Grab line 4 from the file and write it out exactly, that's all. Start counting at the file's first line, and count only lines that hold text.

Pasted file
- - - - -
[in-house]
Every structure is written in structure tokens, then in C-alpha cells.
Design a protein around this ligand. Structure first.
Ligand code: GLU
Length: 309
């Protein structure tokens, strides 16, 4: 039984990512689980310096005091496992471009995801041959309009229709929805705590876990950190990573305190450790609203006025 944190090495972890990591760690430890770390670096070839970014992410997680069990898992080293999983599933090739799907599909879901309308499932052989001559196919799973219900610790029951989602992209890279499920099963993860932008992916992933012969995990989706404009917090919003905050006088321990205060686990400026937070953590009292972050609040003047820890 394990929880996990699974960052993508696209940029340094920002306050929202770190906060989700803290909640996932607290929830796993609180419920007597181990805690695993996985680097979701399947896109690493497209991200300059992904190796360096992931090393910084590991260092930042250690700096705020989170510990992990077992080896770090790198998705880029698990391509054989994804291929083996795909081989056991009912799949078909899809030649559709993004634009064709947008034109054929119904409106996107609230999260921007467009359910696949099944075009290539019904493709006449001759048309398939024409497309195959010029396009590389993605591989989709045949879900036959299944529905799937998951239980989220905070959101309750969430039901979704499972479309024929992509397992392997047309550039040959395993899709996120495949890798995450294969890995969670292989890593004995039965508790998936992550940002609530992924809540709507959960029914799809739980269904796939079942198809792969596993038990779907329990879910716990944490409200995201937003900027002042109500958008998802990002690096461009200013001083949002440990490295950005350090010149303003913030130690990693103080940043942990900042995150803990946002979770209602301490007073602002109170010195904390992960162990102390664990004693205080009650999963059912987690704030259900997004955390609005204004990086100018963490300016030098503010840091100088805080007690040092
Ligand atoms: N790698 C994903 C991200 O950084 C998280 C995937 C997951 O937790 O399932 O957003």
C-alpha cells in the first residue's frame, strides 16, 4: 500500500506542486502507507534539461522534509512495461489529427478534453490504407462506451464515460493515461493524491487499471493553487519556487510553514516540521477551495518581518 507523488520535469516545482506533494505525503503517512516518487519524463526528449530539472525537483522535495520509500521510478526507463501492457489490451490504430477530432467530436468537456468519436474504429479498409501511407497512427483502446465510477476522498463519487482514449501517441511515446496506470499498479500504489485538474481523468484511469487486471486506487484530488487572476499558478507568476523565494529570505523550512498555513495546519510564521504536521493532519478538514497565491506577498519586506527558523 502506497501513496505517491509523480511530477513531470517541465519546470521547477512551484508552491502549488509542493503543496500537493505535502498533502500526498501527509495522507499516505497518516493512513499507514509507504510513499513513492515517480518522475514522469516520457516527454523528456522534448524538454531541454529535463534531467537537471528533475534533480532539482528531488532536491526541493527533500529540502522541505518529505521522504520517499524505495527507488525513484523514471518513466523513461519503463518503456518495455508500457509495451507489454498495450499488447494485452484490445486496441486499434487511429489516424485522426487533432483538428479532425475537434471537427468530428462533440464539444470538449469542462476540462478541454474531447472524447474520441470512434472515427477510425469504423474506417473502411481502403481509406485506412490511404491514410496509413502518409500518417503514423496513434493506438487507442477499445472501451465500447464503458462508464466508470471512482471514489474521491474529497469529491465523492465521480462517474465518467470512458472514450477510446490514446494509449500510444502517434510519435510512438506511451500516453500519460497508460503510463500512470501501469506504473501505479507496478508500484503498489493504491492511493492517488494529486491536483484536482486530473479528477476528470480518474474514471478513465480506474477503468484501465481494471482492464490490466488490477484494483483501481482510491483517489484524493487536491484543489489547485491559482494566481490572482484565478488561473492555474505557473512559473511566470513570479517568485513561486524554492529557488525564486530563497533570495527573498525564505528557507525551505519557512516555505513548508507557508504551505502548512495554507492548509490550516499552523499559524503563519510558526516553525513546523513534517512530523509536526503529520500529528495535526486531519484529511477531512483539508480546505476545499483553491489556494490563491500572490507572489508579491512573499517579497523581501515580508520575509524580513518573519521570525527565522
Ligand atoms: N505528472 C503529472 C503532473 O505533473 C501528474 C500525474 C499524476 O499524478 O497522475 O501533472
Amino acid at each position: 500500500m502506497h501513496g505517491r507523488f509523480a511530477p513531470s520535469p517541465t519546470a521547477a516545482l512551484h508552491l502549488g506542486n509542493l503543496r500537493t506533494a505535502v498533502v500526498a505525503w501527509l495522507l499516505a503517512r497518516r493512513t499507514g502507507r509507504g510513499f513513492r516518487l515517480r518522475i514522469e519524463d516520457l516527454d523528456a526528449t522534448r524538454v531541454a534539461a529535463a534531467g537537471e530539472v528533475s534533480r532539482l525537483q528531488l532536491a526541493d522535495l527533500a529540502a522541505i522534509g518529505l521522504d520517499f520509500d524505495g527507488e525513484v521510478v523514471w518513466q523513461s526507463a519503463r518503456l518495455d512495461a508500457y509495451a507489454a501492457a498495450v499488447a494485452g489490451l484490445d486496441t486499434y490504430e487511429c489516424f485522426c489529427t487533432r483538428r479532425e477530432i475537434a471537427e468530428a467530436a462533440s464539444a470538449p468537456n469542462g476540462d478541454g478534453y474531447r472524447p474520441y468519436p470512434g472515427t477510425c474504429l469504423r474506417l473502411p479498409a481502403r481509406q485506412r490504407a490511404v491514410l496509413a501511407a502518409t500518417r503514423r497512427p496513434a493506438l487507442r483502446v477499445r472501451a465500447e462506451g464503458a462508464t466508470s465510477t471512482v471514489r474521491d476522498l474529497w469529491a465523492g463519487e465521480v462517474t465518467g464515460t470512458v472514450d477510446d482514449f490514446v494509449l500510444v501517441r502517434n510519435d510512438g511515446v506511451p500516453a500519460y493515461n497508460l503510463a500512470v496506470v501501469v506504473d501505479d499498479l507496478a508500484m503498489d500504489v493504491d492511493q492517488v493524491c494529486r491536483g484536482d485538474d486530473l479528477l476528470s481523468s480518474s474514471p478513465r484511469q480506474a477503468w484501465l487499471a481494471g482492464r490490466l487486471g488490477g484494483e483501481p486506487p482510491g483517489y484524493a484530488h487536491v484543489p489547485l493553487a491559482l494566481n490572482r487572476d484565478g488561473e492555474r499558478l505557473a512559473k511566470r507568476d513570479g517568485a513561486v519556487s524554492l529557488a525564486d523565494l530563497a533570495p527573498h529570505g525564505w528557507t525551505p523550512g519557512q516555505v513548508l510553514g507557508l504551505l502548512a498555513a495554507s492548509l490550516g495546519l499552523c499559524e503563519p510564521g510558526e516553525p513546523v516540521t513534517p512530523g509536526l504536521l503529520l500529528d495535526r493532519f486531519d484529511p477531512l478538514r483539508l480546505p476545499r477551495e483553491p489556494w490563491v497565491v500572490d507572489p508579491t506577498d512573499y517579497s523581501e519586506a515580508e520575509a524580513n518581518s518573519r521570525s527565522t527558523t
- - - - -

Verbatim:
Ligand code: GLU